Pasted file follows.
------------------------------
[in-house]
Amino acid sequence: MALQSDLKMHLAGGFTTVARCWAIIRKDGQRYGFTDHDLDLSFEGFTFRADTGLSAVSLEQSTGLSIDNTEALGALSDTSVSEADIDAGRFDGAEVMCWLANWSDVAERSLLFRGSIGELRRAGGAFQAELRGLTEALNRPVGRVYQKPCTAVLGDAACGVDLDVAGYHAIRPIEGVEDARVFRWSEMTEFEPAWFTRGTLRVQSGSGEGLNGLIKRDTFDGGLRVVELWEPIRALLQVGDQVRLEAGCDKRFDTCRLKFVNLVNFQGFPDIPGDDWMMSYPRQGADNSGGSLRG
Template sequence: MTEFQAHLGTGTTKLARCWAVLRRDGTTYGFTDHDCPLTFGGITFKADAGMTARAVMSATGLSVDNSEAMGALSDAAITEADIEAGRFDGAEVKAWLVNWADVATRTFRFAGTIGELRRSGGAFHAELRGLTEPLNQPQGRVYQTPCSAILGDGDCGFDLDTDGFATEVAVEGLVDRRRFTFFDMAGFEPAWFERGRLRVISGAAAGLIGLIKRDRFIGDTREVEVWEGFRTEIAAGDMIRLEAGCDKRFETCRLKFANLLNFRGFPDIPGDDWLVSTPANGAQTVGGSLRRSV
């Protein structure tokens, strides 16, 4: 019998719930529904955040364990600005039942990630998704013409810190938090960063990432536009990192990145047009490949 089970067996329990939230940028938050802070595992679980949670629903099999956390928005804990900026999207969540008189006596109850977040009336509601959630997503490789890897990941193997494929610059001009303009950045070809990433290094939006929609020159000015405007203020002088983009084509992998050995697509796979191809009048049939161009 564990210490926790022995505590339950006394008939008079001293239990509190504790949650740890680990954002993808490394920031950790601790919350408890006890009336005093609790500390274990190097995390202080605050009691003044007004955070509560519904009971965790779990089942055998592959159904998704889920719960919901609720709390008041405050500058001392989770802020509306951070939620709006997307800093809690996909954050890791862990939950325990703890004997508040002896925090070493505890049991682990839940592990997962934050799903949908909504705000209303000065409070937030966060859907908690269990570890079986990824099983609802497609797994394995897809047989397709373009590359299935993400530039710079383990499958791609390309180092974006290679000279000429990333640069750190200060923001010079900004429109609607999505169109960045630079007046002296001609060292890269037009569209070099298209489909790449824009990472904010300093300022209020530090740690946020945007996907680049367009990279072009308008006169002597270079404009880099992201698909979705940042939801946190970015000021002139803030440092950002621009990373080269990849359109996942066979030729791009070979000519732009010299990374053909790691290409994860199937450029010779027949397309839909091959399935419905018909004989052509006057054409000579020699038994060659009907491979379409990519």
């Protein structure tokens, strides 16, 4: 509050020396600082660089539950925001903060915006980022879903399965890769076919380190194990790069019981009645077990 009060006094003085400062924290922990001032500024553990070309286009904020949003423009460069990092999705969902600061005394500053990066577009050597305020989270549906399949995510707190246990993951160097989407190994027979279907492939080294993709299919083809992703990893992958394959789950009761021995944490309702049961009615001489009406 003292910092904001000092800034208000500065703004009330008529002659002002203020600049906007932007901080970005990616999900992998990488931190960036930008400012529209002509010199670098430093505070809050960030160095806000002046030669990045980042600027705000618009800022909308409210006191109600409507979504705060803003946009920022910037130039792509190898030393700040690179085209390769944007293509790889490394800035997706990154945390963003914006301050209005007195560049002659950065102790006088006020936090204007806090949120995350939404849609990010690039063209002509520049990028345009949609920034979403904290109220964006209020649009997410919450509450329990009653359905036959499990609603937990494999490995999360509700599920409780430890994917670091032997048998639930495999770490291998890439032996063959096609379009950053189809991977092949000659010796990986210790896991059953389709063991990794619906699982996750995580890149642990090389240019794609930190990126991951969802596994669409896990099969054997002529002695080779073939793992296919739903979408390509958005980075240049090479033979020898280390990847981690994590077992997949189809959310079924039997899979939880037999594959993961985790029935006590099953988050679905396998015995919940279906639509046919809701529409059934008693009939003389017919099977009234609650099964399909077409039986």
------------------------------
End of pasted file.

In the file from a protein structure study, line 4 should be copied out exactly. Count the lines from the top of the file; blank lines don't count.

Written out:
């Protein structure tokens, strides 16, 4: 019998719930529904955040364990600005039942990630998704013409810190938090960063990432536009990192990145047009490949 089970067996329990939230940028938050802070595992679980949670629903099999956390928005804990900026999207969540008189006596109850977040009336509601959630997503490789890897990941193997494929610059001009303009950045070809990433290094939006929609020159000015405007203020002088983009084509992998050995697509796979191809009048049939161009 564990210490926790022995505590339950006394008939008079001293239990509190504790949650740890680990954002993808490394920031950790601790919350408890006890009336005093609790500390274990190097995390202080605050009691003044007004955070509560519904009971965790779990089942055998592959159904998704889920719960919901609720709390008041405050500058001392989770802020509306951070939620709006997307800093809690996909954050890791862990939950325990703890004997508040002896925090070493505890049991682990839940592990997962934050799903949908909504705000209303000065409070937030966060859907908690269990570890079986990824099983609802497609797994394995897809047989397709373009590359299935993400530039710079383990499958791609390309180092974006290679000279000429990333640069750190200060923001010079900004429109609607999505169109960045630079007046002296001609060292890269037009569209070099298209489909790449824009990472904010300093300022209020530090740690946020945007996907680049367009990279072009308008006169002597270079404009880099992201698909979705940042939801946190970015000021002139803030440092950002621009990373080269990849359109996942066979030729791009070979000519732009010299990374053909790691290409994860199937450029010779027949397309839909091959399935419905018909004989052509006057054409000579020699038994060659009907491979379409990519």